keep warm, the people of London were burning large quantities of coal in their

  grates. Smoke was pouring from the chimneys of their houses and becoming trapped

  beneath the inversion of an anticyclone that had developed over southern parts

  of the British Isles during the first week of December. Trapped, too, beneath

  this inversion were particles and gases emitted from factory chimneys in the

  London area, along with pollution which the winds from the east had brought from

  industrial areas on the continent.  Early on 5 December in the London area, the sky was clear, winds were light

  and the air near the ground was moist. Accordingly, conditions were ideal for

  the formation of radiation fog. The sky was clear, so a net loss of long-wave

  radiation occurred and the ground cooled. The moist air in contact with the

  ground cooled to its dew-point temperature and condensation occurred. Cool air

  drained katabolically into the Thames Valley. Beneath the inversion of the

  anticyclone, the very light wind stirred the saturated air upwards to form a

  layer of fog 100-200meters deep. Along with the water droplets of the fog, the

  atmosphere beneath the inversion contained the smoke from innumerable chimneys

  in the London area and farther afield. Elevated spots such as Hampstead Heath

  were above the fog and grime. From there, the hills of Surrey and Kent could be

  seen. During the day on 5 December, the fog was not especially dense and

  generally possessed a dry, smoky character. When nightfall came, however, the

  fog thickened. Visibility dropped to a fewmeters. The following day, the sun was

  too low in the sky to make much of an impression on the fog. That night and on

  the Sunday and Monday nights, the fog again thickened. In many parts of London,

  it was impossible at night for pedestrians to find their way, even in familiar

  districts. In the Isle of Dogs, the visibility was at times nil. The fog there

  was so thick that people could not see their own feet! Even in the drier

  thoroughfares of central London, the fog was exceptionally thick. Not until 9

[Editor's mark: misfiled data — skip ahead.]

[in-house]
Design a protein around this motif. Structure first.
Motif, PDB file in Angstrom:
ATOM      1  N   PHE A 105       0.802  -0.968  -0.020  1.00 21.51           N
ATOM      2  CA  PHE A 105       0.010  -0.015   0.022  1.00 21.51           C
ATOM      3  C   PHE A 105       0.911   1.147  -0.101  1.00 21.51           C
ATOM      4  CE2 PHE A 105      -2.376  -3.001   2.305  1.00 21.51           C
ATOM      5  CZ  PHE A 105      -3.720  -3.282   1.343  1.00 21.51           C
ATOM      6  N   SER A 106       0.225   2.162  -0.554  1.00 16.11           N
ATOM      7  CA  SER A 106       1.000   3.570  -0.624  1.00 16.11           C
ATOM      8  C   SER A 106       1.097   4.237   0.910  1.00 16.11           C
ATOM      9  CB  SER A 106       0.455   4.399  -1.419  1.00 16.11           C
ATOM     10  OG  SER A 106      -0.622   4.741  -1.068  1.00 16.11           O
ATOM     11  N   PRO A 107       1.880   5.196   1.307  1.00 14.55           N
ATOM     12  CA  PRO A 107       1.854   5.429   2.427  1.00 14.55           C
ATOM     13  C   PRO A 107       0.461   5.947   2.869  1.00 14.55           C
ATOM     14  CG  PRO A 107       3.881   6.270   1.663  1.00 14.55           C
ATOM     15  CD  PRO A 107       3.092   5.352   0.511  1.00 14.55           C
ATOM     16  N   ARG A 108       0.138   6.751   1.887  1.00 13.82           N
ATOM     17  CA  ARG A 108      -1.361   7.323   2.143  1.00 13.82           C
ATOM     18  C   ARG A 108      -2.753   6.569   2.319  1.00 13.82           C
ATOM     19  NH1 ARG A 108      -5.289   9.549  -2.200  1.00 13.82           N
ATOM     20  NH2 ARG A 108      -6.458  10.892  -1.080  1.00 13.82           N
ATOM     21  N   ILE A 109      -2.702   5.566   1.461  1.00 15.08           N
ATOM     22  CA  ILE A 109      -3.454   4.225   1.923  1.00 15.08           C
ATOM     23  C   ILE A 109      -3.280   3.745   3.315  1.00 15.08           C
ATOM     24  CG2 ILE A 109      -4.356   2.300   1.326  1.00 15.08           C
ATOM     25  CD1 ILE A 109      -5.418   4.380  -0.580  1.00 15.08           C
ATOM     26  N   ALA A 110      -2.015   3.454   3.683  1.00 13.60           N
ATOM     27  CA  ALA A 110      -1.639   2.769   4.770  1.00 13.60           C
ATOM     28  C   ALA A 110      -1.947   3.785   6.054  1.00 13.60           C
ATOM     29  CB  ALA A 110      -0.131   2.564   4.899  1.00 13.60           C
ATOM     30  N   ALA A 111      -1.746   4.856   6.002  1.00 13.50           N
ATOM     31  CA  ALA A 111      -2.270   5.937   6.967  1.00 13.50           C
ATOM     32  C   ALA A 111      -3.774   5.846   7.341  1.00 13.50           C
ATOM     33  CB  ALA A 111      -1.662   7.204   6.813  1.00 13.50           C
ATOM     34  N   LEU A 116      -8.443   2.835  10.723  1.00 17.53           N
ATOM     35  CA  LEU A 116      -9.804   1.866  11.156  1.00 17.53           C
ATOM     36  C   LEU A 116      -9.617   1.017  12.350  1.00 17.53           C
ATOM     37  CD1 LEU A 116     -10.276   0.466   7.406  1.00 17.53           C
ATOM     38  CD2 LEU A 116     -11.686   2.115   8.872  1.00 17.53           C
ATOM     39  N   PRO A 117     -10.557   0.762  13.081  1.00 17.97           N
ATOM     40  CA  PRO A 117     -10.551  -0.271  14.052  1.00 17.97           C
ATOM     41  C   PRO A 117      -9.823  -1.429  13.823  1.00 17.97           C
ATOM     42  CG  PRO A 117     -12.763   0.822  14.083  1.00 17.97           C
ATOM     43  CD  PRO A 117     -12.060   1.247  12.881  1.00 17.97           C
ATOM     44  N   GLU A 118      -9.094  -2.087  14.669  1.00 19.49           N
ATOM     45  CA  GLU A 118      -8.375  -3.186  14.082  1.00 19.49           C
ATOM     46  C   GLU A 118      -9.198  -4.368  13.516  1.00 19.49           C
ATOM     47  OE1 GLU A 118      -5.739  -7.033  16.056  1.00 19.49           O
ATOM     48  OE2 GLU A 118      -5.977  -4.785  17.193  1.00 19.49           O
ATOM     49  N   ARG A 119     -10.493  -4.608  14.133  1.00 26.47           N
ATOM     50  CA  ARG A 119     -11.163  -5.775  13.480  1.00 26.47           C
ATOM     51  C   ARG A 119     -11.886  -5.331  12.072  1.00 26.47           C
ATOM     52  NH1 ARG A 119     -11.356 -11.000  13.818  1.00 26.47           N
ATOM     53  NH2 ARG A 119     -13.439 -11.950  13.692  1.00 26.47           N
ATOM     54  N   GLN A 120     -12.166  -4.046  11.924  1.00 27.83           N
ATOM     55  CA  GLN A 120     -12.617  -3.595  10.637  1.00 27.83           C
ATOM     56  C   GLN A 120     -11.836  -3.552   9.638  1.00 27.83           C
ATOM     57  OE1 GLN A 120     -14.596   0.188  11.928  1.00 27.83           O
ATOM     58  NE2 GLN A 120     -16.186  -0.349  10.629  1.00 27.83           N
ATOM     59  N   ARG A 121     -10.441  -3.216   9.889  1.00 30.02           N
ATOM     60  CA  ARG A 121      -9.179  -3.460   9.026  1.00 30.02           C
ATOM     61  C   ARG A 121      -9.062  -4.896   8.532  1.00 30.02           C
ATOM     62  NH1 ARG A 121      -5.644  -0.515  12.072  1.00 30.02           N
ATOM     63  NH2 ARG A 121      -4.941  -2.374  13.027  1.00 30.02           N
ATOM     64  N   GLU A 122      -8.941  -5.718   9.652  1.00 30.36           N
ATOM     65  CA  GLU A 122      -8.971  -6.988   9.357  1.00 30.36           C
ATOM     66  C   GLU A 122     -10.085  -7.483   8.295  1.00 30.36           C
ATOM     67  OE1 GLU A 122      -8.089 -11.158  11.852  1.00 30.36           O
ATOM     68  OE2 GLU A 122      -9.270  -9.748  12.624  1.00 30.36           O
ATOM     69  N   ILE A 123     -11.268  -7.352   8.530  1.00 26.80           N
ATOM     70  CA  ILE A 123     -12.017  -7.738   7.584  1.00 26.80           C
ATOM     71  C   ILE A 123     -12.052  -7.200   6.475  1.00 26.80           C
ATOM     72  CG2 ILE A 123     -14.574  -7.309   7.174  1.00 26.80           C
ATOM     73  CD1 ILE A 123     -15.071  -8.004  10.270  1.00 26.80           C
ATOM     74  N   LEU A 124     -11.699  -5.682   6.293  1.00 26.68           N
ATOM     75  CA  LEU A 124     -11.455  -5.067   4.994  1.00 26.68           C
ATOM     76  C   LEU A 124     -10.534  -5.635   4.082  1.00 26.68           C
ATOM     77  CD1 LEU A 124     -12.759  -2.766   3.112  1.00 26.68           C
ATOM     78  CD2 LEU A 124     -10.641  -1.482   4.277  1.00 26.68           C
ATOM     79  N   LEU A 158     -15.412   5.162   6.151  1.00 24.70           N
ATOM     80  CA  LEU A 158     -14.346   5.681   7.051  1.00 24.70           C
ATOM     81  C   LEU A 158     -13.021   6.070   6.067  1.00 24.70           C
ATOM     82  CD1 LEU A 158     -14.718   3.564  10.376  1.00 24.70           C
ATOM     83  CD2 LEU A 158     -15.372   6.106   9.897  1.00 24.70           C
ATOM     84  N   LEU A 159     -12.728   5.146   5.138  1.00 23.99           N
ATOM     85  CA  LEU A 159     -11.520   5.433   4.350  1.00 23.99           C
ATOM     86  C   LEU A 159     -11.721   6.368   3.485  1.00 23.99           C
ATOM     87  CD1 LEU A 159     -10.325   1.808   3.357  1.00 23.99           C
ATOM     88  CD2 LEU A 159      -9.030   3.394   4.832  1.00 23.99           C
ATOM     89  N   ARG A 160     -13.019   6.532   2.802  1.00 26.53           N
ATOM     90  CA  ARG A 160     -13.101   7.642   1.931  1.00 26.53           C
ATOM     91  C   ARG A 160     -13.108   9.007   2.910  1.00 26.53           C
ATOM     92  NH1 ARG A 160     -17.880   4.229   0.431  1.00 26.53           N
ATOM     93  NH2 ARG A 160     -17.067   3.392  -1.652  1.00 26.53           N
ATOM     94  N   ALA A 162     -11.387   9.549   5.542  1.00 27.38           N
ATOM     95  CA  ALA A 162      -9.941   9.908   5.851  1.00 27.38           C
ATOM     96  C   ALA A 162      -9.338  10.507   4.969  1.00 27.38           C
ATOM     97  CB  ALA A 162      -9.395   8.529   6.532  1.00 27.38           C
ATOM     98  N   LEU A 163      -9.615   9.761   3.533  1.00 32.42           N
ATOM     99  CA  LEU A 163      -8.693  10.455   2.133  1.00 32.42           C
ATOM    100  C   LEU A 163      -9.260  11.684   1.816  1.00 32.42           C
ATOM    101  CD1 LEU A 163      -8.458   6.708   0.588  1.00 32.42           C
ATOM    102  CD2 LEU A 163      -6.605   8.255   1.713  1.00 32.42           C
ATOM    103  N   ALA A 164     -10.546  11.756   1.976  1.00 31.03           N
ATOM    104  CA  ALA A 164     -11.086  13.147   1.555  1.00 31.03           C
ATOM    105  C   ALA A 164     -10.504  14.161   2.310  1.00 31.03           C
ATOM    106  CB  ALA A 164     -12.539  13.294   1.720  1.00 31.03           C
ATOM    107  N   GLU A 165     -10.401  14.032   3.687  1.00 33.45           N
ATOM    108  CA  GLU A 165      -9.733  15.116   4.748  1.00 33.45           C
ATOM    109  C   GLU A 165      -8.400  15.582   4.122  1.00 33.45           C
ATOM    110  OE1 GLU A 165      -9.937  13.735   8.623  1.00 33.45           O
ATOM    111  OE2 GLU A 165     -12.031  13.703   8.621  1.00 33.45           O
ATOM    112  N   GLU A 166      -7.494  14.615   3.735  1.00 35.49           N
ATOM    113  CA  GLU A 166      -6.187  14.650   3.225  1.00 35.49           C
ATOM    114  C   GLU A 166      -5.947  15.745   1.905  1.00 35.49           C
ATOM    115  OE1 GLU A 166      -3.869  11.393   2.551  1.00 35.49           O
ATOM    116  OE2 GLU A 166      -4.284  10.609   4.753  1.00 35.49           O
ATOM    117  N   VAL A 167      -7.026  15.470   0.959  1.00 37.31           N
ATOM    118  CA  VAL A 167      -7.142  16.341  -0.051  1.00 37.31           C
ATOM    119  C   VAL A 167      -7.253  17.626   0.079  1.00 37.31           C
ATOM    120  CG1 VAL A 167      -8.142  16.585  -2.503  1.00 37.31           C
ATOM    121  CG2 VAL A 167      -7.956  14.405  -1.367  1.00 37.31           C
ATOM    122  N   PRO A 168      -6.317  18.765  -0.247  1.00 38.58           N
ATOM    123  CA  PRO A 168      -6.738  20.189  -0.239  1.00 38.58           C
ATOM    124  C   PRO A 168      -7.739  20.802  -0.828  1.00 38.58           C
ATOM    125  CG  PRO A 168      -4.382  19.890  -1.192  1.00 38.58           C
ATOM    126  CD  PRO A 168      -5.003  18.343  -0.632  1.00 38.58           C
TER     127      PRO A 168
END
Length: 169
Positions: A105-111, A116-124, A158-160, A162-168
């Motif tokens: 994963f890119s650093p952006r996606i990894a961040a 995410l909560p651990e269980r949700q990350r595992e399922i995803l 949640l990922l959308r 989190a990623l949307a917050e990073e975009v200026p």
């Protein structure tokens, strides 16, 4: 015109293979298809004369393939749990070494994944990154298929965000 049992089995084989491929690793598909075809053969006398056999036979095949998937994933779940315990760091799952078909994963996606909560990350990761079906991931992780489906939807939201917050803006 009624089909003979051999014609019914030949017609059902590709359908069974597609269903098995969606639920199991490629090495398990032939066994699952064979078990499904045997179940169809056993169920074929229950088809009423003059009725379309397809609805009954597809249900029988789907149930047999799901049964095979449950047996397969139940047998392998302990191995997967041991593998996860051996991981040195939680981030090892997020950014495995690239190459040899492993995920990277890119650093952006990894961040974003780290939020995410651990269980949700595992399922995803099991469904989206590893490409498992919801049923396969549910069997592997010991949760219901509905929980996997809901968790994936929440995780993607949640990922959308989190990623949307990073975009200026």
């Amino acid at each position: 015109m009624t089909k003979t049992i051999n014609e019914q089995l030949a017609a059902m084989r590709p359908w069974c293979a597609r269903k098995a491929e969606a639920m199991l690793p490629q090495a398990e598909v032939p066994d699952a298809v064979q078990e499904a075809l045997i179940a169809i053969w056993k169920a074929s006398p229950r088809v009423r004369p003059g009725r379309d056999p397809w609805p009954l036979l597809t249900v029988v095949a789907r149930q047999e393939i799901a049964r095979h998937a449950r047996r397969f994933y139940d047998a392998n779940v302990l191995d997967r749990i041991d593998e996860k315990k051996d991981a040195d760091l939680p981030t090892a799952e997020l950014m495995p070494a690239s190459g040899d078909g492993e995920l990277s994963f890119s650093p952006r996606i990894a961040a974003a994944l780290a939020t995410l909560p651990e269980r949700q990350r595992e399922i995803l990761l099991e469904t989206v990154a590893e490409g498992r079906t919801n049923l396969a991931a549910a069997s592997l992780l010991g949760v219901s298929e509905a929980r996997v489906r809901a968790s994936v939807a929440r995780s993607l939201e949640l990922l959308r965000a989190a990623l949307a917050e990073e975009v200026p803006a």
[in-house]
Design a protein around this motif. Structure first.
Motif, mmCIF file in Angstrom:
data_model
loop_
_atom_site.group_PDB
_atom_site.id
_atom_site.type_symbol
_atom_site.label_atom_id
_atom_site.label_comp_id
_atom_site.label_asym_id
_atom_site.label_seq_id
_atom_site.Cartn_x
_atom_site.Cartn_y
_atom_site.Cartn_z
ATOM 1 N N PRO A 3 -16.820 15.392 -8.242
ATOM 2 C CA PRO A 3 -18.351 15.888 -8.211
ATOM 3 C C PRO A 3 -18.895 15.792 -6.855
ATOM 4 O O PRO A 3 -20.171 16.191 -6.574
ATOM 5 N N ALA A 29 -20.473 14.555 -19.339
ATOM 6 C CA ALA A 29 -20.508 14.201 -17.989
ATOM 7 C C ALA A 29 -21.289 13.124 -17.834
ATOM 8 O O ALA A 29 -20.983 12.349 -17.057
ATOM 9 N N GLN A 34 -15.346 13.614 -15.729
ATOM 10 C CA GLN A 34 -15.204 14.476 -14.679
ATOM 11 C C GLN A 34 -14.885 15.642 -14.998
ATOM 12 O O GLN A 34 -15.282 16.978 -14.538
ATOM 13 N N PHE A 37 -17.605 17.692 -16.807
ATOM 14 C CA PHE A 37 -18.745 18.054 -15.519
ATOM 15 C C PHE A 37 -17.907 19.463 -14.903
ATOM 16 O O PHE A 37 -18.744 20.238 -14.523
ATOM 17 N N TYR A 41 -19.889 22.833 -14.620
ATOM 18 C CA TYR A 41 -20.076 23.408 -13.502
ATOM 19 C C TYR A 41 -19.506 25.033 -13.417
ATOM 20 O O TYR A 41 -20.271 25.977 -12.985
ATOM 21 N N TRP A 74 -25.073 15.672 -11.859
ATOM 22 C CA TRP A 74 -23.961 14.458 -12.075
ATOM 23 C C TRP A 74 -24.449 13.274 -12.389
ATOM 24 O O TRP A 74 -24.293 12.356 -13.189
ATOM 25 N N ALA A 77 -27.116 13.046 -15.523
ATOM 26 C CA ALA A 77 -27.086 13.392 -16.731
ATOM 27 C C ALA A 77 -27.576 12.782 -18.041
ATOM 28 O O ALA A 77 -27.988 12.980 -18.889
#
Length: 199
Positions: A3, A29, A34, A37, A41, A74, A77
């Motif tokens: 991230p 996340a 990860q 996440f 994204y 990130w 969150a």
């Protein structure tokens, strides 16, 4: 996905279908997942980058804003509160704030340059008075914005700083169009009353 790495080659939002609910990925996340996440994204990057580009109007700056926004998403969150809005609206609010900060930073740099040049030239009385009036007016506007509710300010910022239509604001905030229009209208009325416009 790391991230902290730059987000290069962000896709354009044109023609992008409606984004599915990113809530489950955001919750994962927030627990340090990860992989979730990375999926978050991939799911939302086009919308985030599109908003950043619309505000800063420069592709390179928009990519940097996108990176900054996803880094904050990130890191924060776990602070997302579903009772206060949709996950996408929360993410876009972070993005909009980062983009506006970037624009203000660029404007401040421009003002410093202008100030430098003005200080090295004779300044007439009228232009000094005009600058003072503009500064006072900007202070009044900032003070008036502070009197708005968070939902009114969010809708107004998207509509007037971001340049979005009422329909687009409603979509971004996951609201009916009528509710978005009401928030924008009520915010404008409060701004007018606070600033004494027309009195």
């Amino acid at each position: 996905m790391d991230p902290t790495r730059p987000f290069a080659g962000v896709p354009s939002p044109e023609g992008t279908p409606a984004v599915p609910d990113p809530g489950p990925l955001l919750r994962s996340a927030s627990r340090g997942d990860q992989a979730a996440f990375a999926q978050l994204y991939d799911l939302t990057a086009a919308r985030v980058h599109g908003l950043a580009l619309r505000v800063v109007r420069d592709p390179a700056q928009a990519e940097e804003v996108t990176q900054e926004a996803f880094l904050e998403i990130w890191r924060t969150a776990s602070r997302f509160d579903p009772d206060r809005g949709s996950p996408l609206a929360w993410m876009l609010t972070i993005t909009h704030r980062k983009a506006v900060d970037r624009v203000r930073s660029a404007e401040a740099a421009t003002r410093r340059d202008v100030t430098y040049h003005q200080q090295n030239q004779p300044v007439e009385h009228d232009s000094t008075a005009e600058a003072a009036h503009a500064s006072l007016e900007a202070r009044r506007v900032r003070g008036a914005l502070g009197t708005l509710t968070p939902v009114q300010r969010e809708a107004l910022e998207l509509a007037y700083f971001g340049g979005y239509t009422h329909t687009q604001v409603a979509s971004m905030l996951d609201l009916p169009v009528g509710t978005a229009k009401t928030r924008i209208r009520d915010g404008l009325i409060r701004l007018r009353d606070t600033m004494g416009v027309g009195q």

December did it clear. In central London, the visibility remained below

  500meters continuously for 114 hours and below 50meters continuously for 48

  hours. At Heathrow Airport, visibility remained below ten meters for almost 48

  hours from the morning of 6 December.  Huge quantities of impurities were released into the atmosphere during the

  period in question. On each day during the foggy period, the following amounts

  of pollutants were emitted: 1,000 tonnes of smoke particles, 2,000 tonnes of

  carbon dioxide, 140 tonnes of hydrochloric acid and 14 tonnes of fluorine

  compounds. In addition, and perhaps most dangerously, 370 tonnes of sulphur

  dioxide were converted into 800 tonnes of sulphuric acid. At London's County

  Hall, the concentration of smoke in the air increased from 0.49 milligrams per

  cubic meter on 4 December to 4.46 on the 7th and 8th.  Legislation followed the Great Smog of 1952 in the form of the City of

  London (Various Powers) Act of 1954 and the Clean Air Acts of 1956 and 1968.

  These Acts banned emissions of black smoke and decreed that residents of urban

  areas and operators of factories must convert to smokeless fuels. As these

  residents and operators were necessarily given time to convert, however, fogs

  continued to be smoky for some time after the Act of 1956 was passed. In 1962,

  for example, 750 Londoners died as a result of a fog, but nothing on the scale

  of the 1952 Great Smog has ever occurred again.

  关于机经训练,浅尝辄止,非正道也,考生的发音、文笔以及流畅度,都不会因为仅知道这个话题而改变。写作必须分析范文思路和学习词汇句法句型之后反复复盘纠错。也希望此份详尽的预测机经能够让考生早日与雅思君分手